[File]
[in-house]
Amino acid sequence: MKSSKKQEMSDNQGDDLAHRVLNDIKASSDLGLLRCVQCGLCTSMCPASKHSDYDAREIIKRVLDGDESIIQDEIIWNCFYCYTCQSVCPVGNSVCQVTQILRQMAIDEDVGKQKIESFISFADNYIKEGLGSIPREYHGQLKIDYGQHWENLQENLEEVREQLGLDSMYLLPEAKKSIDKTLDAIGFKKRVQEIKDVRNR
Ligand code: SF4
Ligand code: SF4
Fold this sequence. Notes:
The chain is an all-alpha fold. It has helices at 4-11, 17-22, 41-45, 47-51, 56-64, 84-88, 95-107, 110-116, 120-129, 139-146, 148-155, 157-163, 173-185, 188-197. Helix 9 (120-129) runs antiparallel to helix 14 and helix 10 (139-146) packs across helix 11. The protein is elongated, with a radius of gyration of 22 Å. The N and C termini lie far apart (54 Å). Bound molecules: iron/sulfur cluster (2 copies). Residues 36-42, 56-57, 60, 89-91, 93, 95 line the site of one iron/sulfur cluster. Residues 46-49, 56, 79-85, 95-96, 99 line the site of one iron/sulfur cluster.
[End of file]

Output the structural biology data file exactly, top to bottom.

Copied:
[in-house]
Amino acid sequence: MKSSKKQEMSDNQGDDLAHRVLNDIKASSDLGLLRCVQCGLCTSMCPASKHSDYDAREIIKRVLDGDESIIQDEIIWNCFYCYTCQSVCPVGNSVCQVTQILRQMAIDEDVGKQKIESFISFADNYIKEGLGSIPREYHGQLKIDYGQHWENLQENLEEVREQLGLDSMYLLPEAKKSIDKTLDAIGFKKRVQEIKDVRNR
Ligand code: SF4
Ligand code: SF4
Fold this sequence. Notes:
The chain is an all-alpha fold. It has helices at 4-11, 17-22, 41-45, 47-51, 56-64, 84-88, 95-107, 110-116, 120-129, 139-146, 148-155, 157-163, 173-185, 188-197. Helix 9 (120-129) runs antiparallel to helix 14 and helix 10 (139-146) packs across helix 11. The protein is elongated, with a radius of gyration of 22 Å. The N and C termini lie far apart (54 Å). Bound molecules: iron/sulfur cluster (2 copies). Residues 36-42, 56-57, 60, 89-91, 93, 95 line the site of one iron/sulfur cluster. Residues 46-49, 56, 79-85, 95-96, 99 line the site of one iron/sulfur cluster.